It’s weirdly fun, on the cusp of Banned Books Week, to look at the titles of books that have been banned: Gone with the Wind; To Kill a Mockingbird; Beloved; The Great Gatsby; The Catcher in the Rye; and, of course, Ulysses. And the bylines: The authors of the aforementioned, along with Voltaire and Defoe, Chaucer and Aristophanes, Rousseau and Paine, Pascal and Steinbeck and Hemingway and Faulkner and Twain.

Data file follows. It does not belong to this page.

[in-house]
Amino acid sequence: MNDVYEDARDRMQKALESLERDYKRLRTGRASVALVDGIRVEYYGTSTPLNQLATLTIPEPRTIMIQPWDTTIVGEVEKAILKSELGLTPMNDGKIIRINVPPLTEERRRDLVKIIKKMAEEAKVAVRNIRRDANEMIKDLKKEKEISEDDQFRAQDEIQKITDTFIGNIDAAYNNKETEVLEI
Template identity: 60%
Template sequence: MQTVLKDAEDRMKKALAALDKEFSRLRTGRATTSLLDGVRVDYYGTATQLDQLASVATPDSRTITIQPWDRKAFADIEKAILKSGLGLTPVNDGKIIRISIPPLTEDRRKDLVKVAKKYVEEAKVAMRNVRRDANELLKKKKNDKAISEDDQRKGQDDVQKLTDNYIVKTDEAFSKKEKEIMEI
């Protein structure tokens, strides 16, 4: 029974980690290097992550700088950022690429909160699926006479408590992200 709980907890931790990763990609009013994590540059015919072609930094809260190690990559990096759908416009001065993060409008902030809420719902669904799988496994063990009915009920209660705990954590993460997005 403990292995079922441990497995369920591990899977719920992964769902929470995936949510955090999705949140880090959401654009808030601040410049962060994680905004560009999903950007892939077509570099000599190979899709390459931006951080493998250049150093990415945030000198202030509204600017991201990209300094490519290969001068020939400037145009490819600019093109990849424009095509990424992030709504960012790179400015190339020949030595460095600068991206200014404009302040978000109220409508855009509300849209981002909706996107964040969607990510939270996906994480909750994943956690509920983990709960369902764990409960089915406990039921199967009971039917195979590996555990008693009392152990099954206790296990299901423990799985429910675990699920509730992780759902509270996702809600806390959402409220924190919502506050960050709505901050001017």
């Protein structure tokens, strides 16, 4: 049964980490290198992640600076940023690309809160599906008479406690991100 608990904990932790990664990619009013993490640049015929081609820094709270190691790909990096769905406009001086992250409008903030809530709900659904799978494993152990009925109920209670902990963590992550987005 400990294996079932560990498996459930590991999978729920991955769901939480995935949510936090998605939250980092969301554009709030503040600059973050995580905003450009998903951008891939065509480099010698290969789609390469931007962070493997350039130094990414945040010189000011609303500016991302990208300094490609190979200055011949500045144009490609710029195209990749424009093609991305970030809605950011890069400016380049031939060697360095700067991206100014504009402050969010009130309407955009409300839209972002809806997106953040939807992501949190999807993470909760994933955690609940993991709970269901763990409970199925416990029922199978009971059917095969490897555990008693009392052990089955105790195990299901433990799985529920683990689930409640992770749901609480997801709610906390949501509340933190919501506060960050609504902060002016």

Okay, “fun” may not be quite the right word (although Brave New World was banned as recently as 1980 for making “promiscuous” sex “look like fun”). But can’t you just see censorship committee members, one more sanctimonious than the next, poring over page after page to find a “filthy” word or an “indecent” scene? Oh, the outrage these men must suffer in their noble venture! The vicious arguments they must have over the subtle differences between “lewd” and “obscene”; between “filthy” and “indecent”! What a responsibility! And all to protect us from…..from what? Alice Walker’s The Color Purple was banned for its “troubling ideas about race relations, man’s relationship to God, African history and sexual relations,” all of which troubling ideas are the reasons she wrote it.